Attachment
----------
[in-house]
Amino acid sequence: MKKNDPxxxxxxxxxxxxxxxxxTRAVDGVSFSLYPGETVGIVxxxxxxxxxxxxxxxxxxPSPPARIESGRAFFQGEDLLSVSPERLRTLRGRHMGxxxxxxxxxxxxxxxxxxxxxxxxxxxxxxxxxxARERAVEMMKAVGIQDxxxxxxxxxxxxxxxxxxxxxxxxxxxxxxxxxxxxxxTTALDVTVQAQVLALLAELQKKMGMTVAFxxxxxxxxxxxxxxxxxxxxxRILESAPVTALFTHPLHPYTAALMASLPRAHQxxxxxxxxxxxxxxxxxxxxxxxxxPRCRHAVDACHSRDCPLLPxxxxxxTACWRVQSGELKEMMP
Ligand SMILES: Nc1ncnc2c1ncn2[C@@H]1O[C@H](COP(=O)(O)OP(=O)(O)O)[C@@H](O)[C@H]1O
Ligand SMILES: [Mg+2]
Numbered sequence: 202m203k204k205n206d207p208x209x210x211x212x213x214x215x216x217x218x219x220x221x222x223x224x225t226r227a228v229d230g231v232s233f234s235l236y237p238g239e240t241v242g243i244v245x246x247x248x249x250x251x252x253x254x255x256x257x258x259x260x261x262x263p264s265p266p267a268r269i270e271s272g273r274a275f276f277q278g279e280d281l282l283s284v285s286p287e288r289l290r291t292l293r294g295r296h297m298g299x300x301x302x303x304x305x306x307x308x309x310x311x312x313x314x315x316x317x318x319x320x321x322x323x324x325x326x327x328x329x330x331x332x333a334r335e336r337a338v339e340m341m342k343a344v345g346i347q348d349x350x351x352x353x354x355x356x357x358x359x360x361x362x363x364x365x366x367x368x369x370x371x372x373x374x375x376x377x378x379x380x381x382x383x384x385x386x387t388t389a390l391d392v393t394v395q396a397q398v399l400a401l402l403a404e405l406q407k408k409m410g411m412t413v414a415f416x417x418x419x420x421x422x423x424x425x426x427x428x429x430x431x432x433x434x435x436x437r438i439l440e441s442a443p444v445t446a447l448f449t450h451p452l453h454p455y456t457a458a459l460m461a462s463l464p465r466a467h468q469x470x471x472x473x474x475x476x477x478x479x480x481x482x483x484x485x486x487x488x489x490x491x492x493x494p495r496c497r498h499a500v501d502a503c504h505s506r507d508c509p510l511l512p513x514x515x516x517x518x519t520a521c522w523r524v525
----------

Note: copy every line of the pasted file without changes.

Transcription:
[in-house]
Amino acid sequence: MKKNDPxxxxxxxxxxxxxxxxxTRAVDGVSFSLYPGETVGIVxxxxxxxxxxxxxxxxxxPSPPARIESGRAFFQGEDLLSVSPERLRTLRGRHMGxxxxxxxxxxxxxxxxxxxxxxxxxxxxxxxxxxARERAVEMMKAVGIQDxxxxxxxxxxxxxxxxxxxxxxxxxxxxxxxxxxxxxxTTALDVTVQAQVLALLAELQKKMGMTVAFxxxxxxxxxxxxxxxxxxxxxRILESAPVTALFTHPLHPYTAALMASLPRAHQxxxxxxxxxxxxxxxxxxxxxxxxxPRCRHAVDACHSRDCPLLPxxxxxxTACWRVQSGELKEMMP
Ligand SMILES: Nc1ncnc2c1ncn2[C@@H]1O[C@H](COP(=O)(O)OP(=O)(O)O)[C@@H](O)[C@H]1O
Ligand SMILES: [Mg+2]
Numbered sequence: 202m203k204k205n206d207p208x209x210x211x212x213x214x215x216x217x218x219x220x221x222x223x224x225t226r227a228v229d230g231v232s233f234s235l236y237p238g239e240t241v242g243i244v245x246x247x248x249x250x251x252x253x254x255x256x257x258x259x260x261x262x263p264s265p266p267a268r269i270e271s272g273r274a275f276f277q278g279e280d281l282l283s284v285s286p287e288r289l290r291t292l293r294g295r296h297m298g299x300x301x302x303x304x305x306x307x308x309x310x311x312x313x314x315x316x317x318x319x320x321x322x323x324x325x326x327x328x329x330x331x332x333a334r335e336r337a338v339e340m341m342k343a344v345g346i347q348d349x350x351x352x353x354x355x356x357x358x359x360x361x362x363x364x365x366x367x368x369x370x371x372x373x374x375x376x377x378x379x380x381x382x383x384x385x386x387t388t389a390l391d392v393t394v395q396a397q398v399l400a401l402l403a404e405l406q407k408k409m410g411m412t413v414a415f416x417x418x419x420x421x422x423x424x425x426x427x428x429x430x431x432x433x434x435x436x437r438i439l440e441s442a443p444v445t446a447l448f449t450h451p452l453h454p455y456t457a458a459l460m461a462s463l464p465r466a467h468q469x470x471x472x473x474x475x476x477x478x479x480x481x482x483x484x485x486x487x488x489x490x491x492x493x494p495r496c497r498h499a500v501d502a503c504h505s506r507d508c509p510l511l512p513x514x515x516x517x518x519t520a521c522w523r524v525